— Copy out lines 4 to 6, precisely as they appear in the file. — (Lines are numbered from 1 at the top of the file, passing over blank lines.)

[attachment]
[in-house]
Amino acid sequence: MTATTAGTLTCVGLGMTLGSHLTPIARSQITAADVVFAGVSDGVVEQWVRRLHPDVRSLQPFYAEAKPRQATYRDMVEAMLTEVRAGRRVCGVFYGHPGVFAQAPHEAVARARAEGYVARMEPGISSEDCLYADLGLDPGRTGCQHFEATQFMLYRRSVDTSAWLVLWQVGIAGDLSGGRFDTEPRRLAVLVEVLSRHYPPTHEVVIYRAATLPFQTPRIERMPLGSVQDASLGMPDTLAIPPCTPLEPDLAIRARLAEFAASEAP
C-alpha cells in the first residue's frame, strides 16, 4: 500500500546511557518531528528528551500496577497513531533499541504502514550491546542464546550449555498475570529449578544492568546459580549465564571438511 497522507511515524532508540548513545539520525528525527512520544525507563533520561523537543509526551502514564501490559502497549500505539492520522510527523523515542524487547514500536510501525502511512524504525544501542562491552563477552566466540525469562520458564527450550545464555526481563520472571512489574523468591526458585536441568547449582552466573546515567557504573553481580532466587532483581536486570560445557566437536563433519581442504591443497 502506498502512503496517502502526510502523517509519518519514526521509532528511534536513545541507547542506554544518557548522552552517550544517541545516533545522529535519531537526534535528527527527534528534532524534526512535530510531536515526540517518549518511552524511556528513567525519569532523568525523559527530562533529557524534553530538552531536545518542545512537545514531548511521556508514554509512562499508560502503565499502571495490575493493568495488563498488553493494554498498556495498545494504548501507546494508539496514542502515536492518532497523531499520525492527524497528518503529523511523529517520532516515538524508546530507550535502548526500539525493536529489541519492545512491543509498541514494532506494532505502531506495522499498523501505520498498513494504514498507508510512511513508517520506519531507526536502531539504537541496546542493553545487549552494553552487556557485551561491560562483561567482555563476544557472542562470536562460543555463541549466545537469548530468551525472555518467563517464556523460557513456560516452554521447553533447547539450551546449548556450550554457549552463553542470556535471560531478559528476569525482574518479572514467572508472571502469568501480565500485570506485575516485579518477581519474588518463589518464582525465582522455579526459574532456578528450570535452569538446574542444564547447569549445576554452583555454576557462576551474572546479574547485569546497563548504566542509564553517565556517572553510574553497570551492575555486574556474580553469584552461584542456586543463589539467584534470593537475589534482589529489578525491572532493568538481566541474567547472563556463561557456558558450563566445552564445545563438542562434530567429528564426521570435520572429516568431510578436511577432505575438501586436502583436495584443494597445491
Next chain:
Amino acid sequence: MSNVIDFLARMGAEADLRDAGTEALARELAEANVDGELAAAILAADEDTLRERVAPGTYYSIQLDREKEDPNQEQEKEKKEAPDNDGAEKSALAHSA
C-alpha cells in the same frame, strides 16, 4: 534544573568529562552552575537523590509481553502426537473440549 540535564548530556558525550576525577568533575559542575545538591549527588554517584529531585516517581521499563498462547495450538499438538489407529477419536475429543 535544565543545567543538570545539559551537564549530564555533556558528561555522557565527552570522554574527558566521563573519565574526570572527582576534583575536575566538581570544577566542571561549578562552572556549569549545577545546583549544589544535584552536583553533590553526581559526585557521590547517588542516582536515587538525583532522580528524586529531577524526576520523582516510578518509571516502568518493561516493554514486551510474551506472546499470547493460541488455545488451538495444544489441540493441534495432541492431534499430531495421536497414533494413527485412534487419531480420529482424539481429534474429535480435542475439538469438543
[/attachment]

Next chain:
Amino acid sequence: MSNVIDFLARMGAEADLRDAGTEALARELAEANVDGELAAAILAADEDTLRERVAPGTYYSIQLDREKEDPNQEQEKEKKEAPDNDGAEKSALAHSA
C-alpha cells in the same frame, strides 16, 4: 534544573568529562552552575537523590509481553502426537473440549 540535564548530556558525550576525577568533575559542575545538591549527588554517584529531585516517581521499563498462547495450538499438538489407529477419536475429543 535544565543545567543538570545539559551537564549530564555533556558528561555522557565527552570522554574527558566521563573519565574526570572527582576534583575536575566538581570544577566542571561549578562552572556549569549545577545546583549544589544535584552536583553533590553526581559526585557521590547517588542516582536515587538525583532522580528524586529531577524526576520523582516510578518509571516502568518493561516493554514486551510474551506472546499470547493460541488455545488451538495444544489441540493441534495432541492431534499430531495421536497414533494413527485412534487419531480420529482424539481429534474429535480435542475439538469438543